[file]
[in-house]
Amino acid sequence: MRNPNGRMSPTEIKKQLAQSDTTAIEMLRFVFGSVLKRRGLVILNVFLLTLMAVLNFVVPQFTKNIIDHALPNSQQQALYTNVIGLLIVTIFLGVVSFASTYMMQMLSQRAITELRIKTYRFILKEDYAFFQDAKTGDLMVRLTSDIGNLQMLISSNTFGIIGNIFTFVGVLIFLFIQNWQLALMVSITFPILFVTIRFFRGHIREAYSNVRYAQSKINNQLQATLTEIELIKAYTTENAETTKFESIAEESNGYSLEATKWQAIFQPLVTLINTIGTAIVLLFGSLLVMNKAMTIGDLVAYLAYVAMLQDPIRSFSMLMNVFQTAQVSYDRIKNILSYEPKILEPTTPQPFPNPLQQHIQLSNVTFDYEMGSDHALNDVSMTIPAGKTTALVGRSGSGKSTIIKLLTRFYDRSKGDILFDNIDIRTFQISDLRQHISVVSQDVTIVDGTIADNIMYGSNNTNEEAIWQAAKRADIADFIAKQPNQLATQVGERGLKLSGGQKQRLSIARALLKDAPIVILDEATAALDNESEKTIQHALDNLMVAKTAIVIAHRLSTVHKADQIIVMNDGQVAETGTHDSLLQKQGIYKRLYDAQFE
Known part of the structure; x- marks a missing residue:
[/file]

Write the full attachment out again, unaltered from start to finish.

[in-house]
Amino acid sequence: MRNPNGRMSPTEIKKQLAQSDTTAIEMLRFVFGSVLKRRGLVILNVFLLTLMAVLNFVVPQFTKNIIDHALPNSQQQALYTNVIGLLIVTIFLGVVSFASTYMMQMLSQRAITELRIKTYRFILKEDYAFFQDAKTGDLMVRLTSDIGNLQMLISSNTFGIIGNIFTFVGVLIFLFIQNWQLALMVSITFPILFVTIRFFRGHIREAYSNVRYAQSKINNQLQATLTEIELIKAYTTENAETTKFESIAEESNGYSLEATKWQAIFQPLVTLINTIGTAIVLLFGSLLVMNKAMTIGDLVAYLAYVAMLQDPIRSFSMLMNVFQTAQVSYDRIKNILSYEPKILEPTTPQPFPNPLQQHIQLSNVTFDYEMGSDHALNDVSMTIPAGKTTALVGRSGSGKSTIIKLLTRFYDRSKGDILFDNIDIRTFQISDLRQHISVVSQDVTIVDGTIADNIMYGSNNTNEEAIWQAAKRADIADFIAKQPNQLATQVGERGLKLSGGQKQRLSIARALLKDAPIVILDEATAALDNESEKTIQHALDNLMVAKTAIVIAHRLSTVHKADQIIVMNDGQVAETGTHDSLLQKQGIYKRLYDAQFE
Known part of the structure; x- marks a missing residue: